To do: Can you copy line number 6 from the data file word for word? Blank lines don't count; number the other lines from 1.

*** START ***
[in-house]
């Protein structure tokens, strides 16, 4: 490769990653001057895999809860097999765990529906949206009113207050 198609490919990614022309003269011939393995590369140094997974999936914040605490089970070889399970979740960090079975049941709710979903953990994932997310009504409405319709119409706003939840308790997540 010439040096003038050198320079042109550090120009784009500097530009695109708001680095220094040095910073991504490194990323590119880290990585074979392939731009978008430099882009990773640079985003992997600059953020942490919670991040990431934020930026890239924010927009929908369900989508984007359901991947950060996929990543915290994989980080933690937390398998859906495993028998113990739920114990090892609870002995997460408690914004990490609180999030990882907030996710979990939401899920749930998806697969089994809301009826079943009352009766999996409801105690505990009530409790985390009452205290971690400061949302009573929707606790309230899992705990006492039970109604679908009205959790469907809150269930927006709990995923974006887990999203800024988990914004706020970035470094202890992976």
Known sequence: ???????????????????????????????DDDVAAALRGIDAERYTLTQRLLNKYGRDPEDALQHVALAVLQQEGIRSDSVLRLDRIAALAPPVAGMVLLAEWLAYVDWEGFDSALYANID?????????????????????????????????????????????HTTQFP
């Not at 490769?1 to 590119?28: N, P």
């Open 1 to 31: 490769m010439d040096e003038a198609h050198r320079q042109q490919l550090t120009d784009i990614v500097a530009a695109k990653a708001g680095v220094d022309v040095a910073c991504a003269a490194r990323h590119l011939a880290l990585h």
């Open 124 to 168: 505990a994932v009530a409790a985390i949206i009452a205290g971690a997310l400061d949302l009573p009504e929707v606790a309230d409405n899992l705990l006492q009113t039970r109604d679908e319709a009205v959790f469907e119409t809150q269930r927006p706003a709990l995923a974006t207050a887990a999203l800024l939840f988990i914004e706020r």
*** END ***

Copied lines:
């Open 124 to 168: 505990a994932v009530a409790a985390i949206i009452a205290g971690a997310l400061d949302l009573p009504e929707v606790a309230d409405n899992l705990l006492q009113t039970r109604d679908e319709a009205v959790f469907e119409t809150q269930r927006p706003a709990l995923a974006t207050a887990a999203l800024l939840f988990i914004e706020r």